§ 3. Distractions are a necessary effect of original sin.
§§ 4, 5. Distractions about objects to which we bear an inordinate affection are most harmful.
§ 6. A remedy against them.
§§ 7, 8, 9. Remedies against all inconveniences that may come from distractions.
§ 10. Difference between the distractions of perfect and imperfect souls.
§§ 11, 12, 13. A third condition necessary to true internal affective prayer, viz. that it must come from divine inspirations.
§ 14. An exhortation to constancy in prayer.
1. The second discouraging temptation opposite to the second quality requisite in prayer (to wit, perseverance), by which well-minded souls are oft much afflicted in their recollections, and also exposed to grievous scrupulosities, is Distraction in prayer, caused by images which oft, against their wills, press into their imaginations. These draw the mind from contemplating God, and, consequently, the affections from embracing Him by love at such times when the soul desires and intends to contemplate and love Him.
2. I do not, therefore, here under the term of distractions comprehend all manner of interruptions from a direct actual tendence to God (for such, sometimes, considering the infirmity of our nature, may be necessary to the end that by a discreet relaxation, the head being refreshed, we may be enabled afterwards to produce more efficacious affections; and, therefore, those authors are too indiscreetly rigorous who oblige souls not yet perfect to a continual recollected attention to the divine presence, not considering the corporal infirmity and incapacity of their disciples' spirits, especially in these days). The distractions, therefore, here intended to be treated of are such as are involuntary, and which happen at times when souls do apply themselves either to vocal or mental prayer.
3. Now it is an effect of original sin (much increased also by actual) that souls are generally, some more some less, subject to this deordination, because by sin that due subordination of the sensitive faculties (the imagination, memory, and appetite) to the superior soul is impaired, so that the reason has not that absolute dominion over them that it had in innocence; but they often wander towards objects not prescribed by reason, yea, and sometimes seduce and even compel reason itself to comply with their disorders. Add hereunto, that the body being gross and lumpish cannot long endure that the soul, its companion, should remain in its proper exercise by which it becomes as it were a stranger to the body, contradicting its motions and desires; and, therefore, till the soul, by practice of spiritual operations, be enabled at pleasure to command the inferior faculties or to abstract itself from the images suggested by them; the said faculties do strive to depress the spirit and to call it down to attend to the necessities and desires of sensitive nature; yea, even in the most perfect the soul will not be able to continue long in the height of its elevation.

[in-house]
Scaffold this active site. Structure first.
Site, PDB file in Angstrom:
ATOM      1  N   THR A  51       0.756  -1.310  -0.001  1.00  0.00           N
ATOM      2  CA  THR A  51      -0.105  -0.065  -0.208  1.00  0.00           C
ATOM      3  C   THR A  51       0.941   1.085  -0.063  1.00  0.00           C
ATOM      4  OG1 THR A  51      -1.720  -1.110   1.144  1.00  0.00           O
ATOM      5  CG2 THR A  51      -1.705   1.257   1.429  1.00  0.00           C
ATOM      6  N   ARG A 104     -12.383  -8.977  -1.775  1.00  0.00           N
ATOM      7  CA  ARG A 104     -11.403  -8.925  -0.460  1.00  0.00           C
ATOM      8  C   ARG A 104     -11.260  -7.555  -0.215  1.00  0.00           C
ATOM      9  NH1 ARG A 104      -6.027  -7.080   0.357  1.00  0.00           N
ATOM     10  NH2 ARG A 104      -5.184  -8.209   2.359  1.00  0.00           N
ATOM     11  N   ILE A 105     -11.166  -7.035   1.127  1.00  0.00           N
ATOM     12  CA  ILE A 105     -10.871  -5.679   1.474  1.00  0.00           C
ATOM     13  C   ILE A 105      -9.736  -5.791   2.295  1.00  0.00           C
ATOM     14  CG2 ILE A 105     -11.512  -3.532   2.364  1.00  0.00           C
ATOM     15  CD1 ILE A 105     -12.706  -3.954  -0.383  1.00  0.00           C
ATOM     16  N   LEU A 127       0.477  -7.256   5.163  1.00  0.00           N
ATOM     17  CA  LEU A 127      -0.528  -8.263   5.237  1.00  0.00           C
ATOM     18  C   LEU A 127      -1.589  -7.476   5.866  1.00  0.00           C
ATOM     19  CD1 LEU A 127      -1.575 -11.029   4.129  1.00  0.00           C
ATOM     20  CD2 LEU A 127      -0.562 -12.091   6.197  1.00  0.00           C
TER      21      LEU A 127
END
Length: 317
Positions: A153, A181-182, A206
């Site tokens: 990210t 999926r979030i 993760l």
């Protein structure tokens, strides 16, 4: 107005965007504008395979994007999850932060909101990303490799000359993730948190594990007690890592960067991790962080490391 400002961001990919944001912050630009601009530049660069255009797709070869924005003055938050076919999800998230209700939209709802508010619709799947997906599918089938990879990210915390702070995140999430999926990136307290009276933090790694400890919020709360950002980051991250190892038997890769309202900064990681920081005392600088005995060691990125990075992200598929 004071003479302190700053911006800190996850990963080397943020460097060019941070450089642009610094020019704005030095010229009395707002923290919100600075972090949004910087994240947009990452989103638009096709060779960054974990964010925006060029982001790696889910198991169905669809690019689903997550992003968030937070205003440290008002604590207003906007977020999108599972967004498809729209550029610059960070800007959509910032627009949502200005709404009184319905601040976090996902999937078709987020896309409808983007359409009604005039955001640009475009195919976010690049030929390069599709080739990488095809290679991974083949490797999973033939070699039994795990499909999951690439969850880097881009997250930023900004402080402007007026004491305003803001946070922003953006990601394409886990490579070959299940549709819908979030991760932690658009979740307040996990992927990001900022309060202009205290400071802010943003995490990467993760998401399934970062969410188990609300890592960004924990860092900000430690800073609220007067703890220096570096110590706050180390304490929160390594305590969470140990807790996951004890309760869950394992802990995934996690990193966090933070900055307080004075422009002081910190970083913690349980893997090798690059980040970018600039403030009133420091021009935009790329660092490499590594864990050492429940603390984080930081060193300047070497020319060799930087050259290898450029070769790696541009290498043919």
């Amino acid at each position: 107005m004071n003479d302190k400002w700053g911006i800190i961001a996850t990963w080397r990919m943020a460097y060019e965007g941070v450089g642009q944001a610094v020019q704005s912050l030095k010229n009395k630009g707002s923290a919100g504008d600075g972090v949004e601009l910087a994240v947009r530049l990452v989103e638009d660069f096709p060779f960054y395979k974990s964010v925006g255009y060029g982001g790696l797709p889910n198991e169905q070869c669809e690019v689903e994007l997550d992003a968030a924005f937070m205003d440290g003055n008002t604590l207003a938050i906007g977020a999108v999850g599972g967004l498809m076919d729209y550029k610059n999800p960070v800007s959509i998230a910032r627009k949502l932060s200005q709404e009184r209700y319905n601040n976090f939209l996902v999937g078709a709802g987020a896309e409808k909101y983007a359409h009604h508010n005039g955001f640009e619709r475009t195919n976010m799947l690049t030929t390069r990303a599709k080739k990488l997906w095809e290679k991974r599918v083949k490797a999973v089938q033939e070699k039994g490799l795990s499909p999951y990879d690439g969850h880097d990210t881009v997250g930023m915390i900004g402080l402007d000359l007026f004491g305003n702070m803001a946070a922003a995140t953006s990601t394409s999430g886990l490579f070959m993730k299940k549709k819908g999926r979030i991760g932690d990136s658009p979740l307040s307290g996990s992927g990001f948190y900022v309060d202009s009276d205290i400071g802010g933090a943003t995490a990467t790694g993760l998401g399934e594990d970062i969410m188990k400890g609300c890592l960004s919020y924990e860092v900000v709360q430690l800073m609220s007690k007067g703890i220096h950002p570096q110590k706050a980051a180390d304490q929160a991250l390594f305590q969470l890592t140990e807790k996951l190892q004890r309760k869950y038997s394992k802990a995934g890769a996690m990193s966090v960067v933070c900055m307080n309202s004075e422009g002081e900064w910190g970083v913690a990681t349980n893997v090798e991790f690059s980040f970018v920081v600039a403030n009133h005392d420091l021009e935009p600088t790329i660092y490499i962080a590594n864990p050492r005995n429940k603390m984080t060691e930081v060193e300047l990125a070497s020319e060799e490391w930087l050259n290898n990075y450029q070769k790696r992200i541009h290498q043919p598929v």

4. As for these distractions which, generally speaking, are hurtful and to be avoided (among which, notwithstanding, I need not reckon in this place such as are simply sinful, being about unlawful objects), the most harmful to our spiritual progress are those which are about objects to which we cleave with affection, because by such distracting thoughts not only the mind is diverted from God, but the heart also inordinately carried to creatures.
5. For, as for thoughts merely about vain objects, to which we have little or no affection, and which proceed wholly from the instability of the imagination, imperfect souls ought not to be discouraged with them, although they should be never so importunate during their recollections, since the most abstracted liver must be content now and then to suffer them.